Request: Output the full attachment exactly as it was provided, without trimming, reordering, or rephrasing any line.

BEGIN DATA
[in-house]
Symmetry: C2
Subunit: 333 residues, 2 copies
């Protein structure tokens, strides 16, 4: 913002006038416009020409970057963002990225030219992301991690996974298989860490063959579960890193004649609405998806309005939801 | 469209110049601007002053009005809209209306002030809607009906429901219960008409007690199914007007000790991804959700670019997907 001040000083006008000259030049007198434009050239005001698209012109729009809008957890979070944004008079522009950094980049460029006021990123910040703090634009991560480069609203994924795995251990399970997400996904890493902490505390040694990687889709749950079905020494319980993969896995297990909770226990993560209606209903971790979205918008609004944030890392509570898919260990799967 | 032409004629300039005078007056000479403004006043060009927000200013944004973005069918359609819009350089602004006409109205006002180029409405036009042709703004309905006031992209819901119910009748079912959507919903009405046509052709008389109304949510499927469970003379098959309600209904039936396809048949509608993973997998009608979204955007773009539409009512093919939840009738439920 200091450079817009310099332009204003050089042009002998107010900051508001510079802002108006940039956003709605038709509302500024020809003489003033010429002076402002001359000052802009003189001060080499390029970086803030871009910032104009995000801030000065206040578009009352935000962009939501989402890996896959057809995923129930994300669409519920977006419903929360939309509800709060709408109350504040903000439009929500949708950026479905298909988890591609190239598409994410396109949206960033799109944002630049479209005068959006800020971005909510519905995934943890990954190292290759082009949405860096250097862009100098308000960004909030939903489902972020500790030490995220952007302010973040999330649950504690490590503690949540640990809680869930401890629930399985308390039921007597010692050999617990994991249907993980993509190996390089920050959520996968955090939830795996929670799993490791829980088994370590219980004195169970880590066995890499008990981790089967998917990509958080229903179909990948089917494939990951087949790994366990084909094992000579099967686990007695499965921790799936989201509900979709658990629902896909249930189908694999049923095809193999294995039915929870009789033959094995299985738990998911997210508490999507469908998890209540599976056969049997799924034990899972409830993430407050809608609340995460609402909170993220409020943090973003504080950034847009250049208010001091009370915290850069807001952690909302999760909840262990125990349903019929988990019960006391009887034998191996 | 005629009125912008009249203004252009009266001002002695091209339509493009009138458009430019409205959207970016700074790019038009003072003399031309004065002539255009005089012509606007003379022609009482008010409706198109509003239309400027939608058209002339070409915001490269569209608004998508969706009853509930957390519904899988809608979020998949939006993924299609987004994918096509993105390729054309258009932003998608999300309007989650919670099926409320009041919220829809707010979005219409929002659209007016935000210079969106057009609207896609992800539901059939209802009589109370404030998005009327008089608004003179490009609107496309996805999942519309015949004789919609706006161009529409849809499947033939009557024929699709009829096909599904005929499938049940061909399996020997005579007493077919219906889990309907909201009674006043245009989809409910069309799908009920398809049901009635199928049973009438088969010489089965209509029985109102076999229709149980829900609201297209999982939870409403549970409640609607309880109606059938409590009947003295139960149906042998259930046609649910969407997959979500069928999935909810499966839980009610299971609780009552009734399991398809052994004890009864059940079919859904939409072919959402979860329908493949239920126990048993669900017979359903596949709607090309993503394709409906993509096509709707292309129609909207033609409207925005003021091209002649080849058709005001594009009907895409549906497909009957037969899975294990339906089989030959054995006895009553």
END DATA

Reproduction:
[in-house]
Symmetry: C2
Subunit: 333 residues, 2 copies
């Protein structure tokens, strides 16, 4: 913002006038416009020409970057963002990225030219992301991690996974298989860490063959579960890193004649609405998806309005939801 | 469209110049601007002053009005809209209306002030809607009906429901219960008409007690199914007007000790991804959700670019997907 001040000083006008000259030049007198434009050239005001698209012109729009809008957890979070944004008079522009950094980049460029006021990123910040703090634009991560480069609203994924795995251990399970997400996904890493902490505390040694990687889709749950079905020494319980993969896995297990909770226990993560209606209903971790979205918008609004944030890392509570898919260990799967 | 032409004629300039005078007056000479403004006043060009927000200013944004973005069918359609819009350089602004006409109205006002180029409405036009042709703004309905006031992209819901119910009748079912959507919903009405046509052709008389109304949510499927469970003379098959309600209904039936396809048949509608993973997998009608979204955007773009539409009512093919939840009738439920 200091450079817009310099332009204003050089042009002998107010900051508001510079802002108006940039956003709605038709509302500024020809003489003033010429002076402002001359000052802009003189001060080499390029970086803030871009910032104009995000801030000065206040578009009352935000962009939501989402890996896959057809995923129930994300669409519920977006419903929360939309509800709060709408109350504040903000439009929500949708950026479905298909988890591609190239598409994410396109949206960033799109944002630049479209005068959006800020971005909510519905995934943890990954190292290759082009949405860096250097862009100098308000960004909030939903489902972020500790030490995220952007302010973040999330649950504690490590503690949540640990809680869930401890629930399985308390039921007597010692050999617990994991249907993980993509190996390089920050959520996968955090939830795996929670799993490791829980088994370590219980004195169970880590066995890499008990981790089967998917990509958080229903179909990948089917494939990951087949790994366990084909094992000579099967686990007695499965921790799936989201509900979709658990629902896909249930189908694999049923095809193999294995039915929870009789033959094995299985738990998911997210508490999507469908998890209540599976056969049997799924034990899972409830993430407050809608609340995460609402909170993220409020943090973003504080950034847009250049208010001091009370915290850069807001952690909302999760909840262990125990349903019929988990019960006391009887034998191996 | 005629009125912008009249203004252009009266001002002695091209339509493009009138458009430019409205959207970016700074790019038009003072003399031309004065002539255009005089012509606007003379022609009482008010409706198109509003239309400027939608058209002339070409915001490269569209608004998508969706009853509930957390519904899988809608979020998949939006993924299609987004994918096509993105390729054309258009932003998608999300309007989650919670099926409320009041919220829809707010979005219409929002659209007016935000210079969106057009609207896609992800539901059939209802009589109370404030998005009327008089608004003179490009609107496309996805999942519309015949004789919609706006161009529409849809499947033939009557024929699709009829096909599904005929499938049940061909399996020997005579007493077919219906889990309907909201009674006043245009989809409910069309799908009920398809049901009635199928049973009438088969010489089965209509029985109102076999229709149980829900609201297209999982939870409403549970409640609607309880109606059938409590009947003295139960149906042998259930046609649910969407997959979500069928999935909810499966839980009610299971609780009552009734399991398809052994004890009864059940079919859904939409072919959402979860329908493949239920126990048993669900017979359903596949709607090309993503394709409906993509096509709707292309129609909207033609409207925005003021091209002649080849058709005001594009009907895409549906497909009957037969899975294990339906089989030959054995006895009553």